I fell in love with Utah once upon a time. I went there and ended up never leaving for seven years. It’s so interesting to me, how many fellow Americans will do a double-take when I tell them I lived there. They’re perplexed. “But- why?” they ask. Some of my best friends remain in Utah and among us, like a secret, we know exactly why. The greatest snow on Earth is found in northern Utah. Its powdery perfection is made possible by the lake effect phenomenon. Moisture from the Great Salt Lake forms clouds and gets redistributed at high elevations in the surrounding Wasatch Mountains. The dry, fluffy snow settles like pillows among pines and aspen trees. I spent many winters in Park City, skiing the country’s most infamous resorts, like Deer Valley (one of three resorts in the world that is “skiers only”) Snowboarding’s my true love and there are plenty other chairlifts for that. What’s exceptional about northern Utah – is accessibility. From Salt Lake City you can access 9 resorts within 30 minutes’ driving distance.
Utah’s a land of contrast. Down south, it’s a map of National Parks and mazes of trails. Whether you negotiate them by renting an off-road, a mountain bike or a river kayak, there’s endless adventure. From jaw-dropping rock formations, atop dinosaurs’ stomping-grounds and beneath big skies cluttered with stars- Utah is just as impressive, if not more, as any trip to the Grand Canyon. Obtaining camping passes ahead of time is definitely worth the money. Don’t miss Arches National Park, just outside of Moab and along the Colorado River. If you want even more removed, head to Canyonlands or Capitol Reef National Parks.
New Mexico is my second favorite place on the planet. Like Utah, there’s a lot of contrast. From the mysterious southeastern Roswell – infamous for UFO conspiracies, to the tall, snowy peaks of Taos, just north of the artsy community of Santa Fe. Climate-wise, New Mexico gets all the seasons, which debunks strangers’ impressions of the Southwest being unbearably hot all the time.New Mexico is the home of the International Balloon Festival in Albuquerque. Nothing speaks adventure to me more than a hot-air balloon ride.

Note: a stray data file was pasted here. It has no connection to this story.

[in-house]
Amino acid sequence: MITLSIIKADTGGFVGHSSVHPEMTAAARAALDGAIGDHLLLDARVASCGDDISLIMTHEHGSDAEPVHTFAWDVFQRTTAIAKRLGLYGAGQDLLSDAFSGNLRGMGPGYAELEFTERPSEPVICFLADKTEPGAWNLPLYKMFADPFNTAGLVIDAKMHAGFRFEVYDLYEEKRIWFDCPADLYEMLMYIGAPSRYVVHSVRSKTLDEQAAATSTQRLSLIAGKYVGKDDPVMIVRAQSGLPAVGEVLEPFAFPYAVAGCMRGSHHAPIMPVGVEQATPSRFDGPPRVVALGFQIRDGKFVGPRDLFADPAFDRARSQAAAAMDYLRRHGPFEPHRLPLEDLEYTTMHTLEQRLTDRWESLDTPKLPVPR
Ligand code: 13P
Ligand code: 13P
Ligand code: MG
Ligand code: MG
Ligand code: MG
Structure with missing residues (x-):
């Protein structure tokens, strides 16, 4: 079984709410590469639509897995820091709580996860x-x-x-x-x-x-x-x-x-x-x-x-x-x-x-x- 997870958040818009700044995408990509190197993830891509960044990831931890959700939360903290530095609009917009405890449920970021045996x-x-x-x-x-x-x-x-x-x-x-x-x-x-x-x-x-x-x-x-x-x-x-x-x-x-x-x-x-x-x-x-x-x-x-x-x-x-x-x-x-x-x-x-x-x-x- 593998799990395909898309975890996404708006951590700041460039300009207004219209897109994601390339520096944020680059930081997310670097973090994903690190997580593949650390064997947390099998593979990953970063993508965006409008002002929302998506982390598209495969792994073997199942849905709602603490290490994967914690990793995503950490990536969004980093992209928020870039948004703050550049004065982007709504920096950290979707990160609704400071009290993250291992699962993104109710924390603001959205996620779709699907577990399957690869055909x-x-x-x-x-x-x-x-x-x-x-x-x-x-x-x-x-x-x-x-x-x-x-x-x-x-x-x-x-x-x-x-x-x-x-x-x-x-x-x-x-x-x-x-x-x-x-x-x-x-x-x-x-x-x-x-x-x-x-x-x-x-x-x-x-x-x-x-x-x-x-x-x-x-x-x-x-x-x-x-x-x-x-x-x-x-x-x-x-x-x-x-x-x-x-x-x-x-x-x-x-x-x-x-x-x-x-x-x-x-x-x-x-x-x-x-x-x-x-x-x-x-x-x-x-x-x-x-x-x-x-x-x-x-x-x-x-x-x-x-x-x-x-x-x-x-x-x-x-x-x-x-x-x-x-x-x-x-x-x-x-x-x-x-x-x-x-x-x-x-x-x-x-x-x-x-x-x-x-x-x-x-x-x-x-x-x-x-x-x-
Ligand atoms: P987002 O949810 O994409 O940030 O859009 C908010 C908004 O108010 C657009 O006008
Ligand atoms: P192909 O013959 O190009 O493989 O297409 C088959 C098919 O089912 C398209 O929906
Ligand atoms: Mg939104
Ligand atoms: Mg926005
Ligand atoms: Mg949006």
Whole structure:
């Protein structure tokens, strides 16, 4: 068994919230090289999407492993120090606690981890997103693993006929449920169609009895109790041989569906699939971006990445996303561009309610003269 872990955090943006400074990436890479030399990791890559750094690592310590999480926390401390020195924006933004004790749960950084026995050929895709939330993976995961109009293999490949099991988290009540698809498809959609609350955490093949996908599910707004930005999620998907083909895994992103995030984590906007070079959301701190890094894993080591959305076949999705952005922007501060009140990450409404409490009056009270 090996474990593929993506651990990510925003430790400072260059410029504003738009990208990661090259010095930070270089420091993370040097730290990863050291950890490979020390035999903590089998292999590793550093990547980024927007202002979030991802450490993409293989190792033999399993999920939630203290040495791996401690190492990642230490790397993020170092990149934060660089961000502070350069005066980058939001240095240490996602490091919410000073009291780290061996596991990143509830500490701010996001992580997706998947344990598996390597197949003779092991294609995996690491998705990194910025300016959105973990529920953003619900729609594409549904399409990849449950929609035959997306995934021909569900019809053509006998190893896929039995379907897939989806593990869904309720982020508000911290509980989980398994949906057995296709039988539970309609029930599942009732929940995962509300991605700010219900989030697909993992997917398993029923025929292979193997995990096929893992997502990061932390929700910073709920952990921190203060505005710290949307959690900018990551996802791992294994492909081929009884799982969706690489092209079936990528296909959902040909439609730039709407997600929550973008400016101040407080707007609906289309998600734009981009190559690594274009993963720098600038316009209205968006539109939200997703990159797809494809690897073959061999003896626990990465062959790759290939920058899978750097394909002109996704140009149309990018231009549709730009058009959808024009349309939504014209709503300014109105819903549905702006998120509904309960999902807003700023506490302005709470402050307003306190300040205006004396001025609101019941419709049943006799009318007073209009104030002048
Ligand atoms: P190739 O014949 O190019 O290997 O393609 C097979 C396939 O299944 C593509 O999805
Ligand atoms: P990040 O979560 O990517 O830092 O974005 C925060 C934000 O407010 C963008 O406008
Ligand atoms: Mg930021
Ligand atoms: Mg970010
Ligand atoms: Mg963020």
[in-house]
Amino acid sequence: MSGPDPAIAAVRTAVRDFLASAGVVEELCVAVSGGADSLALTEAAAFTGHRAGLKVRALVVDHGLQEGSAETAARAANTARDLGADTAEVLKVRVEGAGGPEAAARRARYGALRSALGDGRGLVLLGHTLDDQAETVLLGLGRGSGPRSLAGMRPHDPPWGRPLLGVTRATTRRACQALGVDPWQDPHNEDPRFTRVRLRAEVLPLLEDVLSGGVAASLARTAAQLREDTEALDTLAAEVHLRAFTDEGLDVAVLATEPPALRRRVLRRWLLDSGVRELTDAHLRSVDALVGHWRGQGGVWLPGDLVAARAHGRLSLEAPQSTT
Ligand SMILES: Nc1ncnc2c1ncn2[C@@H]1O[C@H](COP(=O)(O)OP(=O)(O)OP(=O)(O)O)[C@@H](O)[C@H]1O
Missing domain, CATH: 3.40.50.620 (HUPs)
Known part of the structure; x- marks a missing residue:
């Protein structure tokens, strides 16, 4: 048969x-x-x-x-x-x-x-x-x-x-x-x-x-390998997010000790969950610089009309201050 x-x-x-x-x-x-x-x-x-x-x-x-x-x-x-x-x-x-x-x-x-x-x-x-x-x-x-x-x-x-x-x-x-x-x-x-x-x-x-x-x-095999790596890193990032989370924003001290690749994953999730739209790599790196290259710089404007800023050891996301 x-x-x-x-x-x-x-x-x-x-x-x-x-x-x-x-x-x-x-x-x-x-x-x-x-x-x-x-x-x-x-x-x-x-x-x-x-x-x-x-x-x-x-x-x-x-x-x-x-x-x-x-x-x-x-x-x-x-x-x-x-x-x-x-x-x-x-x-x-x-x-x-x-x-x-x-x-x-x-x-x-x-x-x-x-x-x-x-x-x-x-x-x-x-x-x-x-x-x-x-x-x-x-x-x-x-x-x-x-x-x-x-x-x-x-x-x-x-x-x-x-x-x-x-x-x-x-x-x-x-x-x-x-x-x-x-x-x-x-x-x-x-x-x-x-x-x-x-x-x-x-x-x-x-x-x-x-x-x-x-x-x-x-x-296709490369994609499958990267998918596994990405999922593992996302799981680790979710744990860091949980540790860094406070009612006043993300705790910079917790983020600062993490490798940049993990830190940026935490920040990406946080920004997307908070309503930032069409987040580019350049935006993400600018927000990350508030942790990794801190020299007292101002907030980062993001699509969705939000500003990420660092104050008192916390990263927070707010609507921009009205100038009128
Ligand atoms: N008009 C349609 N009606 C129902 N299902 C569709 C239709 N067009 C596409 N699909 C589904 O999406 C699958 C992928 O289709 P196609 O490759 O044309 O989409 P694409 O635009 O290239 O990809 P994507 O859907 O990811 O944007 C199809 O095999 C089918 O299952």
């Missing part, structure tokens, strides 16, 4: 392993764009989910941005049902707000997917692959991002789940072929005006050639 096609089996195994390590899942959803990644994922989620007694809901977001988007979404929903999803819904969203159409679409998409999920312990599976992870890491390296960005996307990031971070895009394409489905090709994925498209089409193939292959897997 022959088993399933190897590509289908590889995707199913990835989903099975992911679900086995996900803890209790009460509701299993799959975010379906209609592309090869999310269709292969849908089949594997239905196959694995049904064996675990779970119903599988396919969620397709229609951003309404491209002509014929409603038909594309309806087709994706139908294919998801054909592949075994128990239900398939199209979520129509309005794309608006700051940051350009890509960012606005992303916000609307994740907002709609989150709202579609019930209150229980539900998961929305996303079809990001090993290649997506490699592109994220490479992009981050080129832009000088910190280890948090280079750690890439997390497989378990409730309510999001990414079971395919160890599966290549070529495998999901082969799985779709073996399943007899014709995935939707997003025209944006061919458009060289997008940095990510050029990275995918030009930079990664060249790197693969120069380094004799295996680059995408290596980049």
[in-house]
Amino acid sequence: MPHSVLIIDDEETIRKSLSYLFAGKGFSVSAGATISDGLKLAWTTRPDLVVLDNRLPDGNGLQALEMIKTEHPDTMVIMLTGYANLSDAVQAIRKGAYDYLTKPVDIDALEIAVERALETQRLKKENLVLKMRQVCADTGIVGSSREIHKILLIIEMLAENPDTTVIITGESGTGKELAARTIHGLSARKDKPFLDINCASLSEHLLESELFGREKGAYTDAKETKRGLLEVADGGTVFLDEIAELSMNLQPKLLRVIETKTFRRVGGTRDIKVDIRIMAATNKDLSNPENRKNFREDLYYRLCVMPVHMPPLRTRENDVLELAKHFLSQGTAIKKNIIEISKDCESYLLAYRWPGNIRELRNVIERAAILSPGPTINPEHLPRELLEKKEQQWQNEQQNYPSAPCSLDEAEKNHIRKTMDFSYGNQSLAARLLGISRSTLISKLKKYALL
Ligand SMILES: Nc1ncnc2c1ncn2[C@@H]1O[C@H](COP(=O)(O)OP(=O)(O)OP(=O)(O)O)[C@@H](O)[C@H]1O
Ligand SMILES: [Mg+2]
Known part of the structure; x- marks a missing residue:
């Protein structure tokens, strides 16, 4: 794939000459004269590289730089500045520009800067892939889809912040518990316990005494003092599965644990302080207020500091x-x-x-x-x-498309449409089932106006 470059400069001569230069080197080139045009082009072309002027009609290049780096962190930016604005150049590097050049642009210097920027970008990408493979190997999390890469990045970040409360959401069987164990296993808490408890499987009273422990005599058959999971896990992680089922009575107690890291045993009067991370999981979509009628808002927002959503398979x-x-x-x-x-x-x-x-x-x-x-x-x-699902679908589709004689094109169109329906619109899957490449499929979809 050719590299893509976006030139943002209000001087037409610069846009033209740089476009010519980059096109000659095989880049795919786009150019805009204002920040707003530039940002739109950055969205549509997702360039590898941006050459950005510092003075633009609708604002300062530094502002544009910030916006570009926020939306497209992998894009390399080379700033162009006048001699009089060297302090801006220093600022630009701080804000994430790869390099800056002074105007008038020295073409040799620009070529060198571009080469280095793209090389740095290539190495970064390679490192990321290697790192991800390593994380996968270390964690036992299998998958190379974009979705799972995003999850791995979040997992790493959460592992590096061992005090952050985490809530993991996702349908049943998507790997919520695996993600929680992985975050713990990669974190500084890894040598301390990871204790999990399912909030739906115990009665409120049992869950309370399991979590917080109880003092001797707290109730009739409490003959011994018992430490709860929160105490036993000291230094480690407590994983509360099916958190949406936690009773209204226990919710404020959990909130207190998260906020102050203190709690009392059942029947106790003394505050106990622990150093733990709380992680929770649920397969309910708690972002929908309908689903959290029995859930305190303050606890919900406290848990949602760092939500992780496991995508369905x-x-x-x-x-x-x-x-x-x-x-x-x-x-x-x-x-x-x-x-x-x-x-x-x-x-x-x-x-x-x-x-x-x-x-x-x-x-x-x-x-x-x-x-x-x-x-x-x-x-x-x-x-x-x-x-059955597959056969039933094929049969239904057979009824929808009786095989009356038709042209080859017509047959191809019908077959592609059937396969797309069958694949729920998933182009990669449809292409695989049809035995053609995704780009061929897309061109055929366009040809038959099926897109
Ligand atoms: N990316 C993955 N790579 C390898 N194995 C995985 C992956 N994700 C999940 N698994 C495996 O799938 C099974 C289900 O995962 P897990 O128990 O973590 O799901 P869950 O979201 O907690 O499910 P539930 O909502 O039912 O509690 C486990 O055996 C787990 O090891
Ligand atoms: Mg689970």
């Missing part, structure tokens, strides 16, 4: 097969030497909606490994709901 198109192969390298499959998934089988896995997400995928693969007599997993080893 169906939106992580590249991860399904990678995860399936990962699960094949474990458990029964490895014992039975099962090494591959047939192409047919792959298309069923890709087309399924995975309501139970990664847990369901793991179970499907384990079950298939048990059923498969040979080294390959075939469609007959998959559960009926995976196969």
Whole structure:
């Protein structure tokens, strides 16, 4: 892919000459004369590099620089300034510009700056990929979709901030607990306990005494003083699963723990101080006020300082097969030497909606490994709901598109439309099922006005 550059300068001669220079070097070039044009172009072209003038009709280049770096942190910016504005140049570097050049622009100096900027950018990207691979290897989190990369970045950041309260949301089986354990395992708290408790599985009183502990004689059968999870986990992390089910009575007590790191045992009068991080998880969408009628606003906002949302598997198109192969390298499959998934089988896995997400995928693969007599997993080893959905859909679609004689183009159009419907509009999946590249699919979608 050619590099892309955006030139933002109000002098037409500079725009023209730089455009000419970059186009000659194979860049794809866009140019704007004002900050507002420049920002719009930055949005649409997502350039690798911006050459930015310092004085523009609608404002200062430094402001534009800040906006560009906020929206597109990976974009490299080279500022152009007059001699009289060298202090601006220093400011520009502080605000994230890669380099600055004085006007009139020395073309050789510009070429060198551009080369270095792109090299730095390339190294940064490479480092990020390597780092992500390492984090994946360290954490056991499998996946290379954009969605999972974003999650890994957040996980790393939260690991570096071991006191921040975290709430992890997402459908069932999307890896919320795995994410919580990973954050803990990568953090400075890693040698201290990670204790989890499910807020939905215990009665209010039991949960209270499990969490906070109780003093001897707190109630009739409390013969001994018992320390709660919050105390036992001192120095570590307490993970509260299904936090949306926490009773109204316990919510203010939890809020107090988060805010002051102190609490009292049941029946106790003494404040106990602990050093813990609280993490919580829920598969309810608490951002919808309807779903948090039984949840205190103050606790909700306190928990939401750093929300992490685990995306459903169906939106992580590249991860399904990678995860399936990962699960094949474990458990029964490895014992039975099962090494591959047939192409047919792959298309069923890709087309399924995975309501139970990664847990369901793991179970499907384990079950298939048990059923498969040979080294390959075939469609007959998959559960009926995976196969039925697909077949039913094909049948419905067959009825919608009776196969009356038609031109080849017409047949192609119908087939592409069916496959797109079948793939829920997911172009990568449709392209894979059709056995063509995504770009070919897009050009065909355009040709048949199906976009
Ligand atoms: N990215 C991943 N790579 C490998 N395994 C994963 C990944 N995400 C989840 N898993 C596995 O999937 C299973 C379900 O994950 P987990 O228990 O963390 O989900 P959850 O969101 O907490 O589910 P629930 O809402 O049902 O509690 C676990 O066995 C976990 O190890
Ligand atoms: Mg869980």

Cool Ways to Do the Southwest
If it’s not already obvious, the best way to see this part of the country is overland. A reliable, all-wheel-drive car is a must and bonus if you can load mountain bikes or mount a kayaks on top of it.
The best trip of my life through the Southwest was courtesy of a Jucy rental. A converted minivan that can sleep 4- it’s everything and the kitchen sink on wheels and it’s my dream to own one- somehow- someday. There are only a few places to find one in the U.S. For my Southwest adventure, I started in Las Vegas, Nevada drove the Jucy off the lot heading eastward.
I know this might sound crazy but one of my best friends who was living in Australia had an amazing, custom trailer- basically her home on wheels. She did some research and was actually able to get it across the ocean from a freight forwarding company. It was unbelievably worth it and actually cheaper than the cost of renting vehicles, and hotels.
Courtney is a well-traveled book junkie, a word snob and a technically creative writer. She’s got an amateur photography habit and a treasure hunting fever. Courtney obtained her B.A. from the University of Washington in international studies- specializing in foreign policy and diplomacy. A problem solver and decision-maker, Courtney’s approach to life draws on her ability to see the bigger pic